Kate had never imagined there would be a time when she wouldn’t have Peter in her life, and she knew that she was also in some ways clinging on to that familiarity. She’d never been very good with introspect, but she also knew Tilly was rarely wrong.

                “What should I do?”

 Tilly sighed, “Look what happens with Mason is just that what happens with Mason. This is about you moving away from Peter, stopping the guilt, the obligation, and realising that you deserve your own life. I know it’ll be hard. But you are not responsible for him.  

That completely floored Kate, but as she thought about the words her friend had spoken she realised that this WAS about her. If she wanted more from her life then it was her decision to make, and shouldn’t rest on whether or not she had a relationship with Mason. What happened with him, as Tilly said, was a separate issue. She just had to decide whether she could fight her own demons.

This was the first time she’d looked at herself at her life and she could feel the tears start to well. As they rolled down her cheeks she turned to Tilly, “it’s my fault he’s injured. It was all my fault.”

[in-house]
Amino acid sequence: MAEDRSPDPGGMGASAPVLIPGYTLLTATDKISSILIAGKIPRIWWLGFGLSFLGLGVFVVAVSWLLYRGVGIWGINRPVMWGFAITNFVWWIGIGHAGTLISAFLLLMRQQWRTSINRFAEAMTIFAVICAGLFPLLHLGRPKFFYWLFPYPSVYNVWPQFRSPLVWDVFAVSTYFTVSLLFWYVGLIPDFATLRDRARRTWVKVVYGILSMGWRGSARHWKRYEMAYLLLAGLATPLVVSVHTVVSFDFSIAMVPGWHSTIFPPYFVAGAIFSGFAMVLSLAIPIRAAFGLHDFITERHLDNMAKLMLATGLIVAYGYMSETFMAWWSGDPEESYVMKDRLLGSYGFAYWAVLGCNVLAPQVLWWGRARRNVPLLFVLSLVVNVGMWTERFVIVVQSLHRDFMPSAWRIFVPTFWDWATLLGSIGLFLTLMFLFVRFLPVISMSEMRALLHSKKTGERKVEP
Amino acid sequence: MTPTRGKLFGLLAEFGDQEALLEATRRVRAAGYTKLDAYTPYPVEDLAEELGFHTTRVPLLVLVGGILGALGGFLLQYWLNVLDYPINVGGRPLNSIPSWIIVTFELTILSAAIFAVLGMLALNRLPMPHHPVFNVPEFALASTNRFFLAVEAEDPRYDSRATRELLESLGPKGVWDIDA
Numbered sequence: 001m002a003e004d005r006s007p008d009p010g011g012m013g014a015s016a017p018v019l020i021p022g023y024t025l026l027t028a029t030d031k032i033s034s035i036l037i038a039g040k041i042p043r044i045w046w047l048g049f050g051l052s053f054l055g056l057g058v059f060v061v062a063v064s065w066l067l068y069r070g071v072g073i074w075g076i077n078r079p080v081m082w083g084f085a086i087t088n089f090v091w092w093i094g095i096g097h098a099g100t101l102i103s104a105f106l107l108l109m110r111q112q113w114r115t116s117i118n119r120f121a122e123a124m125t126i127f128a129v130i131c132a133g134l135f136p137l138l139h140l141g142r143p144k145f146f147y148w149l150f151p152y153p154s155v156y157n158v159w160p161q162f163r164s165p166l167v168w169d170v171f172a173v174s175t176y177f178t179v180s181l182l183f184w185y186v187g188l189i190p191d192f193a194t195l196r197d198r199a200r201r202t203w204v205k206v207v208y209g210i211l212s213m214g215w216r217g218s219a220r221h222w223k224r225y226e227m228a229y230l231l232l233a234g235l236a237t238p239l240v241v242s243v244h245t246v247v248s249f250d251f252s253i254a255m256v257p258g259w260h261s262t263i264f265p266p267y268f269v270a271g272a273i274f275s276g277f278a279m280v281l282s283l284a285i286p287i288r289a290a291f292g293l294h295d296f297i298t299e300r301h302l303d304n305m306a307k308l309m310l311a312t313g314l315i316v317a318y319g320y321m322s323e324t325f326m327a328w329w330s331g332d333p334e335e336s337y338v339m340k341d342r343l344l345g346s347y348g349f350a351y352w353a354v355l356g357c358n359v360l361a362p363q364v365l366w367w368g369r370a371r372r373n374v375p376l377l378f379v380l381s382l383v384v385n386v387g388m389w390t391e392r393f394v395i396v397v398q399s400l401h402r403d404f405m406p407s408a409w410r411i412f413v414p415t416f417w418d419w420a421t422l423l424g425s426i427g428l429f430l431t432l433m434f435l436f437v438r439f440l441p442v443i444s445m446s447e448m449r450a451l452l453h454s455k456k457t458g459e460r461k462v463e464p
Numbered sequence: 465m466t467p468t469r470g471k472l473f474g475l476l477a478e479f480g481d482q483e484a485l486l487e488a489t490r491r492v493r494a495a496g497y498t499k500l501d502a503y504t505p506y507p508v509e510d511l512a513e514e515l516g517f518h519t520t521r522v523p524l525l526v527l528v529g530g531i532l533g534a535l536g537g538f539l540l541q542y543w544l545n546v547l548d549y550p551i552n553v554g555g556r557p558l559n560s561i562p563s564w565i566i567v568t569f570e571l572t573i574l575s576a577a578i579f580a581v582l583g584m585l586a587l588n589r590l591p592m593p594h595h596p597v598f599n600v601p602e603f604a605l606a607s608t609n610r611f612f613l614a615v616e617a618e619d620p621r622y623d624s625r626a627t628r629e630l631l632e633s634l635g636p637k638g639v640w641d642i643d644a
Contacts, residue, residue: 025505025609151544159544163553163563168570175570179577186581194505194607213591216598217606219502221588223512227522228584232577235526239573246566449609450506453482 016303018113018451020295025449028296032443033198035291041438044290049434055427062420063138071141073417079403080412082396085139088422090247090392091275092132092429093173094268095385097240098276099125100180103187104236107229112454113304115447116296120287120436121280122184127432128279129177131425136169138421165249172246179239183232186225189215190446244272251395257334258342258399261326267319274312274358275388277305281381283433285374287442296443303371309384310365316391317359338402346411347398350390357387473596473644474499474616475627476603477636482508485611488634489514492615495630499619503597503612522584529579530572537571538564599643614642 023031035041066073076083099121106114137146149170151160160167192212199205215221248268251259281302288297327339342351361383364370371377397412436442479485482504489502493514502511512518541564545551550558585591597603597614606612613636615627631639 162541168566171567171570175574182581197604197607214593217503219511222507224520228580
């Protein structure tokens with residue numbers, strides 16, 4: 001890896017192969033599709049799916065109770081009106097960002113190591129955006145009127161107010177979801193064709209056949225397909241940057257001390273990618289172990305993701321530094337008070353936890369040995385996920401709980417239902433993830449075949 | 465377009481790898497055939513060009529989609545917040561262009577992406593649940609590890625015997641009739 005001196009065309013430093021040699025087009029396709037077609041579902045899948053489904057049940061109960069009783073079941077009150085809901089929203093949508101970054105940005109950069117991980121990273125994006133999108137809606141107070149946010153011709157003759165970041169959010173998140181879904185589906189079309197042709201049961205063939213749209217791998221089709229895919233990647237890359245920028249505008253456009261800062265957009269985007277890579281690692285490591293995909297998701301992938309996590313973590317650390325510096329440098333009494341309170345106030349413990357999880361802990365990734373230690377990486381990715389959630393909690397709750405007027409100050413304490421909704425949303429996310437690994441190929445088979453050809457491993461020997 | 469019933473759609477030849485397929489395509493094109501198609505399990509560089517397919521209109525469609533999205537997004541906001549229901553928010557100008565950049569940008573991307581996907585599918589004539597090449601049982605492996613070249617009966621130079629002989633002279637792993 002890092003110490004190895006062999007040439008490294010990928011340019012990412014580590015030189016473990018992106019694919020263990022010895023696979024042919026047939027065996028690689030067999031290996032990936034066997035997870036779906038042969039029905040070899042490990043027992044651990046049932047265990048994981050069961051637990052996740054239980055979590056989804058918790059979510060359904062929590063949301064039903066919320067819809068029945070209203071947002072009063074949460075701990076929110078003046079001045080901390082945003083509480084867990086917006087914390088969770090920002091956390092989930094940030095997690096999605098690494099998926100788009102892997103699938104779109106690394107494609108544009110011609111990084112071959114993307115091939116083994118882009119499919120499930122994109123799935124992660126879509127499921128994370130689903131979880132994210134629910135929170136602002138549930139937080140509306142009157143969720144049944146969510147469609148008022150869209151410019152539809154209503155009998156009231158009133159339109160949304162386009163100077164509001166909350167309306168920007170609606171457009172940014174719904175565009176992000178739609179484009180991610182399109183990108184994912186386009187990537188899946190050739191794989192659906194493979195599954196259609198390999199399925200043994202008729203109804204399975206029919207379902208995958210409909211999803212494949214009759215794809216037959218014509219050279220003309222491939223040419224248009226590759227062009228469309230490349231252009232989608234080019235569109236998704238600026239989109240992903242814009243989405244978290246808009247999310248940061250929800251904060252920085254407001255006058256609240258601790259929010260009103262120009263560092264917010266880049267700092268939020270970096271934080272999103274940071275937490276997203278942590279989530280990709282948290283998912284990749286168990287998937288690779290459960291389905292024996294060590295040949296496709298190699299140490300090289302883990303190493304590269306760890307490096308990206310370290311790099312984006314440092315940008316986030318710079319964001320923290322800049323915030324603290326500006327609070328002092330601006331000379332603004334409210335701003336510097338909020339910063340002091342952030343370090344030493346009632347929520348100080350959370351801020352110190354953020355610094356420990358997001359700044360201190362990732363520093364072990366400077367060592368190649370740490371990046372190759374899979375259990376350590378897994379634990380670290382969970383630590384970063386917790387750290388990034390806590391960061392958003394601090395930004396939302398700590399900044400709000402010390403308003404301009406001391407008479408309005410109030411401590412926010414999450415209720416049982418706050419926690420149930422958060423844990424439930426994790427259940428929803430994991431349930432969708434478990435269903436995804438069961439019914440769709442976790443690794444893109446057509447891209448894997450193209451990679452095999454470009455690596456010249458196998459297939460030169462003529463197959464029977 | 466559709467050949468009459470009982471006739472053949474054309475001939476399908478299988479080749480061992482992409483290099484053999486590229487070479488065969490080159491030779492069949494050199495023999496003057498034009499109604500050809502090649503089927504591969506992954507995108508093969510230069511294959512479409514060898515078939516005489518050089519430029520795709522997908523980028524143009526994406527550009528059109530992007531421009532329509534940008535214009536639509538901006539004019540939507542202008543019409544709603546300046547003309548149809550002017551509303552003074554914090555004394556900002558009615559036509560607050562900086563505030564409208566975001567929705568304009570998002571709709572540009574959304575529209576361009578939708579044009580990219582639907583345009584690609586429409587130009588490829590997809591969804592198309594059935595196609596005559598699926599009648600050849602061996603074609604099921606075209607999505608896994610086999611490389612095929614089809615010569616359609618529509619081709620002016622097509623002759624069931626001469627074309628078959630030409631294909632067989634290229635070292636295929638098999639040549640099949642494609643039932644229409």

Tilly had heard this protest so many times, “he was driving Kate, he hit the ditch, not you.”

Kate shook her head, “I shouldn’t have let him leave, he was angry, upset, he’d been drinking...”

                “All his fault love, not yours!” She reiterated.

Kate shook her head again, “I was leaving him Tilly, I told him I didn’t love him anymore, that I wanted to move out of our flat...he wouldn’t listen, wouldn’t take no for an answer, so in the end I told him I’d met someone else, that I loved another man. I didn’t...I just couldn’t put up with him anymore, he’d become so controlling, he was getting his father’s arrogance and I’d had enough. When he stormed out of our home and got into the car I was relieved, I thought it would’ve been harder to get through to him. Then within half an hour the police were at the door...”